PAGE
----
Subscribe To One Very Difficult Aspect Of Shooting Game Of Thrones, According To One Crew Member Updates
As fans have learned through cast interviews, it's not always a cake walk to be a part of Game of Thrones. Sometimes there are nasty things to eat, and other times the crew is forced to breathe in some bad fumes, and if all that wasn't enough, there's the constant fear of giving away spoilers and facing the wrath of the powers that be. Now, cinematographer Fabian Wagner has revealed another very difficult aspect of shooting the show, which is filming things out of sequence.
Fabian Wagner brings up an excellent point that many who watch Game of Thrones may not immediately realize. Planes don't move quite as fast as dragons, nor is it all that cheap to transport staff, so most scenes that take place at a certain location are filmed in succession. More often than not, this means that several episodes will be filmed out of sequence, which sounds really challenging for actors, even if they know the script. A normal person might get confused and show the wrong emotion at the wrong time, but the cast appears to handle it well, as the jumping around never appears evident in the final product.
Apparently the Game of Thrones crew is able to adapt just as well, as Fabian Wagner tells Collider he's sure to be prepared for what needs to be done prior to filming. Wagner also keeps in contact with the director, who is obviously overseeing the whole operation and making sure everything proceeds appropriately. Shows can't reach a level of production the quality of Game of Thrones without being able to overcome these typical issues, so it's not like GoT has ever been at risk of collapsing due to things being shot out of sequence.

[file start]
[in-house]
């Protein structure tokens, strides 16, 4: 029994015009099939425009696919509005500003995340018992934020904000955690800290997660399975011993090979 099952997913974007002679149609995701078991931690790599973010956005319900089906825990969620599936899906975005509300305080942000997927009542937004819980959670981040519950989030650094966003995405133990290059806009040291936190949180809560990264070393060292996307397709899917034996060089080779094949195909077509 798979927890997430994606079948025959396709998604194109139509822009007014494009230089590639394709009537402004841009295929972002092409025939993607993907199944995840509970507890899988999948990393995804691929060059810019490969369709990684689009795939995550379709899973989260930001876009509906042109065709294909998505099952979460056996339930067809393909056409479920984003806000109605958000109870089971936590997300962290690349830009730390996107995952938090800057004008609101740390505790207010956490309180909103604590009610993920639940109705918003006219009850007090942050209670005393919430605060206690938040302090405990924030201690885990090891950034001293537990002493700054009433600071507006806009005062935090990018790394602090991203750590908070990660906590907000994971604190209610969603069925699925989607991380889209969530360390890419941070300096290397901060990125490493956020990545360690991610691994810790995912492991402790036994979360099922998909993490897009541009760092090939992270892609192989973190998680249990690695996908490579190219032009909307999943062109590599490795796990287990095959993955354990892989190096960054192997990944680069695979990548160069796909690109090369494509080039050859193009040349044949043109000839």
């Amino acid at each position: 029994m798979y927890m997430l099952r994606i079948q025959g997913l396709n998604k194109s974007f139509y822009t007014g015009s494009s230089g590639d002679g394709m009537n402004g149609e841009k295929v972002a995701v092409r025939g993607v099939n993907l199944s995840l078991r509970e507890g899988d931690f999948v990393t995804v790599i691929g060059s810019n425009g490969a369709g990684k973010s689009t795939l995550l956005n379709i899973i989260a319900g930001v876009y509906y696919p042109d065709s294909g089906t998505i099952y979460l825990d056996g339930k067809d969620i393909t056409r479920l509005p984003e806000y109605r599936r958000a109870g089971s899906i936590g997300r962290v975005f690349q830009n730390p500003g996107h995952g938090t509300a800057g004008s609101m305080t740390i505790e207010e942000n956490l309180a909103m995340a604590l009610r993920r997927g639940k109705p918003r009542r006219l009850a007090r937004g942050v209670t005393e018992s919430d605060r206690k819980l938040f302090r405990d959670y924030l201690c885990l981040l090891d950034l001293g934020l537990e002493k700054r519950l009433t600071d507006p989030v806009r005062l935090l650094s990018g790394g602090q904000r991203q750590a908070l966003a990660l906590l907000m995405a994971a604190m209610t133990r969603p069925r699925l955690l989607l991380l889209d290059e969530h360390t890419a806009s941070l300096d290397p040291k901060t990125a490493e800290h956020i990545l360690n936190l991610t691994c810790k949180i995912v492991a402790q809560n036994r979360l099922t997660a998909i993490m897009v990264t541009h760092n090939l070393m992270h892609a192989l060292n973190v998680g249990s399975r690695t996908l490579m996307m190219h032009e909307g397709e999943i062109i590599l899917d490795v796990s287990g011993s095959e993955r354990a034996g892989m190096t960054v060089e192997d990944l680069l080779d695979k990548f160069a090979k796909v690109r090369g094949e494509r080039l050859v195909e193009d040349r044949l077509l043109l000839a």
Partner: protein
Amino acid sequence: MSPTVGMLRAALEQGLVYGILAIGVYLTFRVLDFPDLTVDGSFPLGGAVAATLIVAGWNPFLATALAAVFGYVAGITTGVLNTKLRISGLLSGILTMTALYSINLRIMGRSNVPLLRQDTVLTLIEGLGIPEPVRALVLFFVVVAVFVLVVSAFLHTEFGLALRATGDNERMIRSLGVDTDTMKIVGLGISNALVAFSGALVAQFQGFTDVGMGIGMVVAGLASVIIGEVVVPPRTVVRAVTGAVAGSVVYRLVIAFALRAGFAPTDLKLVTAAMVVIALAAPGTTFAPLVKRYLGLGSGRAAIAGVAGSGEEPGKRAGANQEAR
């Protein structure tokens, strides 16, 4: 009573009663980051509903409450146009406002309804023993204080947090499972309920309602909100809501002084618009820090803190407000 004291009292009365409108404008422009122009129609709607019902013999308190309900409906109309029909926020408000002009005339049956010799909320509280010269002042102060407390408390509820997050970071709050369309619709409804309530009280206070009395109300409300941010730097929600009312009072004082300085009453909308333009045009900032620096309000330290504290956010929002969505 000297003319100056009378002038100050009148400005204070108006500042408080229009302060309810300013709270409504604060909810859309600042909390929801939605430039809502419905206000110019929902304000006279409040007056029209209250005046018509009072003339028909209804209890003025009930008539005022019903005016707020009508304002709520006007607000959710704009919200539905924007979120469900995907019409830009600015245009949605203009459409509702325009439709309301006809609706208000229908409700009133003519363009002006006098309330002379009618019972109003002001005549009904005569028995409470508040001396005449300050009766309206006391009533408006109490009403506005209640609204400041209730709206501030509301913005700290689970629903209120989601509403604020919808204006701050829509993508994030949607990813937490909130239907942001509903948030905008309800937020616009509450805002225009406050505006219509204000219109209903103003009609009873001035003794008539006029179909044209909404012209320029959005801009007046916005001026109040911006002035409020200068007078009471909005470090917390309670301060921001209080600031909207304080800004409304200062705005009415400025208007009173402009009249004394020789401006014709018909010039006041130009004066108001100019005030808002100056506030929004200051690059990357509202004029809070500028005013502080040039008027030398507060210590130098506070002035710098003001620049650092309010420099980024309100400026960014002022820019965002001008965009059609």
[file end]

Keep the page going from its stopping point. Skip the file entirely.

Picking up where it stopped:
In fact, Fabian Wagner is currently simultaneously shooting episodes 3 and 5 of Game of Thrones' final season as we speak. Obviously, Wagner couldn't divulge much detail as to what was being filmed or where it was happening; but we can speculate that the same location is used in episodes 3 and 5, which is why they're both being shot simultaneously. While he couldn't comment on the contents of the episodes, Wagner did state that there's a "lot of stuff going on," and credited that to showrunners David Benioff and Dan Weiss wanting to finish with a big season.
Game of Thrones Season 8 is probably coming to HBO sometime in 2019. For a look at some other upcoming shows to watch until then, head on over to our fall premiere guide and midseason premiere guide. For a look at some shows that got dropped in 2017 faster than an unnamed soldier in GoT, visit our cancellation guide.